Prison Radio
India Porter

So my name is India Porter. I’m currently incarcerated at Women’s Huron Valley correctional facility, and I’m in Ypsilanti, Michigan.

I have been incarcerated going on 19 years as of August. I was convicted in Wayne county for two counts of assault with intent to commit murder. And my sentencing guidelines were 9 to 23 years, and I received 23 to 40 years for my crime—the absolute maximum. And there wasn’t any sentencing enhancements or anything to cause for me to get the actual maximum sentence and same judge that sentence me, she was later convicted of bank fraud in 2012 and served 2 years in federal prison.

Ever since COVID happened, we are like, basically on lockdown status. So that means no school, no library, no law library, no church activities, no gym. So we’re basically forced to be in our cells a majority of the day. They have an alternative schedule where you can utilize the activity room, one wing for an hour, the next wing for another hour. And it’s a space limits, and like every day the officers come in and take [inaudible] away. So it, the capacity goes down like every day.

We’re not, allowed to go out to the big yard, like we only get to utilize the small yard, which is like really small compared to the amount of women are locked here. It’s like a really sad existence because you know, you don’t- we just existing. We have nothing to look forward to. Like people are just here doing time for what?

And it’s like a waste of taxpayer’s dollars when- if Michigan has some type of sentencing incentives where, you know, like we could possibly like get good time credits, it would like decrease the prison population tremendously, and it would not take away or demean, you know, what= I’m sure the community will want people getting good time for the behavior. And it’s like, we’re still serving our sentence at the same time, but it’s just corrections that makes sense.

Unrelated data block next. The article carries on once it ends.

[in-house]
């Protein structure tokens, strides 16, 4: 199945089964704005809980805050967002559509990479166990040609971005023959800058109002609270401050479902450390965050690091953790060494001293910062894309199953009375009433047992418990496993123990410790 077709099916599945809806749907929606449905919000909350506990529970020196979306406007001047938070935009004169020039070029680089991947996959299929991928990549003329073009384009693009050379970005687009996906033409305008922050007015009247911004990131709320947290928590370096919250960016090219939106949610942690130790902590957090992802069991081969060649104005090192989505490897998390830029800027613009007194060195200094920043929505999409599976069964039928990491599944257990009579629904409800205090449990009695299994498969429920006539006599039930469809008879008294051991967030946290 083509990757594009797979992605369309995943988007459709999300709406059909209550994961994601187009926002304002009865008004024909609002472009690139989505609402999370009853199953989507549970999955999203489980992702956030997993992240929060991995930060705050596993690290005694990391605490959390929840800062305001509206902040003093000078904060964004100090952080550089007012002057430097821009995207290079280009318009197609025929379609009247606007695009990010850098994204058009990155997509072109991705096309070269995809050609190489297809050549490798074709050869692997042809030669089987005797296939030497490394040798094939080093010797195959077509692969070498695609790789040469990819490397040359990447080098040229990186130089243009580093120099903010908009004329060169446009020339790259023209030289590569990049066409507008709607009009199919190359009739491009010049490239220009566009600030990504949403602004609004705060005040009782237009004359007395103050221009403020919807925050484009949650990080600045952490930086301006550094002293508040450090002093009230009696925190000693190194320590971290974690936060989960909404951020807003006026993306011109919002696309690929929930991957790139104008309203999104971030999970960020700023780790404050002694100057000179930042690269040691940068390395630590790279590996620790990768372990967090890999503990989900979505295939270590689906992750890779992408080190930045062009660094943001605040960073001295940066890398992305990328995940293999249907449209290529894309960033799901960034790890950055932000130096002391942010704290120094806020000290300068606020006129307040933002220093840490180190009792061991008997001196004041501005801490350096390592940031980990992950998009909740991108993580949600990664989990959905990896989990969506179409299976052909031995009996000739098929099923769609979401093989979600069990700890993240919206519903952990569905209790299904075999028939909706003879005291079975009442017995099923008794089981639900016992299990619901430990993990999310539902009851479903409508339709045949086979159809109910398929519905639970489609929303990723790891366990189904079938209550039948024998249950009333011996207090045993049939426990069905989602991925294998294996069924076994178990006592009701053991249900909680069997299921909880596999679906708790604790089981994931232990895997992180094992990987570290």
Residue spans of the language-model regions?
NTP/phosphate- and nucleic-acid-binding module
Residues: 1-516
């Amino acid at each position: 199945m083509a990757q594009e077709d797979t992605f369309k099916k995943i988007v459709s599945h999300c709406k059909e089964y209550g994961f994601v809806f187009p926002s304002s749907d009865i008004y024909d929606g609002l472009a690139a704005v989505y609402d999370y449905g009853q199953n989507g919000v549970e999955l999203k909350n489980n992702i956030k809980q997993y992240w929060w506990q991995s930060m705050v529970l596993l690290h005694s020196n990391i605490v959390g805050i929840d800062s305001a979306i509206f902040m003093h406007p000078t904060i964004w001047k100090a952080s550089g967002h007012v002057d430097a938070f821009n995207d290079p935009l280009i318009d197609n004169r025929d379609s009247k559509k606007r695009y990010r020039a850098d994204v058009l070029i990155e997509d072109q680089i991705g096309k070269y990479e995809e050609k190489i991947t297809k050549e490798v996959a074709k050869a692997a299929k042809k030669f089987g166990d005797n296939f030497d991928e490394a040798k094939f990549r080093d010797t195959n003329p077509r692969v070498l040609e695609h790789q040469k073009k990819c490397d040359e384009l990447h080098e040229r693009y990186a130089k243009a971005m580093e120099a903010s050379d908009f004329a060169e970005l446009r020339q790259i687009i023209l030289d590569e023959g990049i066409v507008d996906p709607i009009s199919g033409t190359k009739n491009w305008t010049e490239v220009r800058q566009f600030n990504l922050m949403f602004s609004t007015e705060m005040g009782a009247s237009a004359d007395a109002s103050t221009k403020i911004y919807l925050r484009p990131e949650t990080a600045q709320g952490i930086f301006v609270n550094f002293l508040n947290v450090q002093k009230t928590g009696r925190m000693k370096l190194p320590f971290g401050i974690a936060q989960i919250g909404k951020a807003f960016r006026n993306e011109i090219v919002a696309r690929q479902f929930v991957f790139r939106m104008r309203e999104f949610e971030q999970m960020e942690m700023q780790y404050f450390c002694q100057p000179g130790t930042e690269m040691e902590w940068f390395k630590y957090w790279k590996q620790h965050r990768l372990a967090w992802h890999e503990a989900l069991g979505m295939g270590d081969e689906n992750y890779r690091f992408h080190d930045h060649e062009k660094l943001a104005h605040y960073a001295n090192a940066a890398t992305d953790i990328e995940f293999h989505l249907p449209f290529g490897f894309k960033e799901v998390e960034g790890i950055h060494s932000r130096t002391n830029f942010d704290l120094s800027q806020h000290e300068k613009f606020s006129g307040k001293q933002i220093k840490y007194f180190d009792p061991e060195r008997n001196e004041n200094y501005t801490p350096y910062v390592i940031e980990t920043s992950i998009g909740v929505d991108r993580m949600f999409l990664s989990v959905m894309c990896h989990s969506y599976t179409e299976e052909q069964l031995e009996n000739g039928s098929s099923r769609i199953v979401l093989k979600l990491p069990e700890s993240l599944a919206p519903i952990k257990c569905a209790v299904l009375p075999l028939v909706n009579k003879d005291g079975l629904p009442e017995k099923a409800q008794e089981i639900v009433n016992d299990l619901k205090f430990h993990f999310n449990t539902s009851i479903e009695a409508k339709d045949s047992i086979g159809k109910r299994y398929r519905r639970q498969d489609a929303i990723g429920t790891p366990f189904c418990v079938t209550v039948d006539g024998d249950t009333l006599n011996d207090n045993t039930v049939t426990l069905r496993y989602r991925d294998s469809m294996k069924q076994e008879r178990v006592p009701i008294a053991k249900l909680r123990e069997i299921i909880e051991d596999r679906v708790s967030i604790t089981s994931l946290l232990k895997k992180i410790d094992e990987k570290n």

And right now it’s just like basically a human warehousing facility. There’s no productivity. You know, I’m just seeing people lose hope. Like, how can someone who is sentenced to a life sentence, like, is this all you have to look forward to in your life? Like, so it’s just like really sad. I really think that because, you know, I don’t believe that, oh, “Everybody in prison should just be released.” I really believe like there should be like a system that makes sense as far as, you know, keeping people in prison for decades on end and the taxpayers are paying for it.

And it’s just like, how long does it take for somebody to be rehabilitated for somebody to have to sit in prison for 20 years. Like I would hope in a situation- a person put in a situation to be corrected after 20 years, if that person is not the same person then at some point, you should look at the system, which you are entrusting to make people better. And after 20 years, if somebody is not rehabilitated, then where is taxpayer’s dollars going?

I mean like, at the end of the day, I think the public should have a lot more say so as far as to how people- how long people are still incarcerated. And it’s just like, who are the public scared of and who are you mad at? I do need to be corrected. I’m not taking away from the fact that I did shoot two people, but for me to come here and to be here as long as I have been—and like, my crime is not a murder crime—like I’ve seen people who have actual have murder cases and they are like long gone home.

And the fact that I am still here under a sentence that was imposed by somebody who is a felon just like me—what’s different from her sentence to me and my peer? And the fact that there’s nothing that I can do about this sentence because it’s been made final by law and the person who gave me this sentence is not even allowed to practice on the bench anymore.

They can contact me at the facility. Women’s Huron Valley 3201 Bemis Rd, Ypsilanti, MI 48197. And I can also email me at And I’ll also have a petition on and a blog, and it’s

These commentaries are recorded by Prison Radio